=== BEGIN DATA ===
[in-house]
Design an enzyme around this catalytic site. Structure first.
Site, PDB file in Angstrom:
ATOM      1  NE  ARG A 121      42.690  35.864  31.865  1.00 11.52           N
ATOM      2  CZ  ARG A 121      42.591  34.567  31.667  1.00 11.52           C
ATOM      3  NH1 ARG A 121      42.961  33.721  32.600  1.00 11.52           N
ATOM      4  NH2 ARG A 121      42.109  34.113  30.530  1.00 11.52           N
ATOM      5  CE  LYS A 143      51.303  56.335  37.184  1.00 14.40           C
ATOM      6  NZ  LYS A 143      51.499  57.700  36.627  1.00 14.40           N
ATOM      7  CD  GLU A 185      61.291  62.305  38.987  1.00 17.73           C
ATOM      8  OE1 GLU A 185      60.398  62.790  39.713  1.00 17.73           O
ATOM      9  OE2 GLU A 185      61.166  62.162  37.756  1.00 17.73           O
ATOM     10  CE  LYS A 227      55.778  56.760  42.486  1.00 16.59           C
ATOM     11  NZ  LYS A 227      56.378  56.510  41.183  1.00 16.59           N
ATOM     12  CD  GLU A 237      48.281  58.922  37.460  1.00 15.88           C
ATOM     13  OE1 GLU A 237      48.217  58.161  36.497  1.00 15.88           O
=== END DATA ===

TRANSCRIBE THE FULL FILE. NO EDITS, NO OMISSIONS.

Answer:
[in-house]
Design an enzyme around this catalytic site. Structure first.
Site, PDB file in Angstrom:
ATOM      1  NE  ARG A 121      42.690  35.864  31.865  1.00 11.52           N
ATOM      2  CZ  ARG A 121      42.591  34.567  31.667  1.00 11.52           C
ATOM      3  NH1 ARG A 121      42.961  33.721  32.600  1.00 11.52           N
ATOM      4  NH2 ARG A 121      42.109  34.113  30.530  1.00 11.52           N
ATOM      5  CE  LYS A 143      51.303  56.335  37.184  1.00 14.40           C
ATOM      6  NZ  LYS A 143      51.499  57.700  36.627  1.00 14.40           N
ATOM      7  CD  GLU A 185      61.291  62.305  38.987  1.00 17.73           C
ATOM      8  OE1 GLU A 185      60.398  62.790  39.713  1.00 17.73           O
ATOM      9  OE2 GLU A 185      61.166  62.162  37.756  1.00 17.73           O
ATOM     10  CE  LYS A 227      55.778  56.760  42.486  1.00 16.59           C
ATOM     11  NZ  LYS A 227      56.378  56.510  41.183  1.00 16.59           N
ATOM     12  CD  GLU A 237      48.281  58.922  37.460  1.00 15.88           C
ATOM     13  OE1 GLU A 237      48.217  58.161  36.497  1.00 15.88           O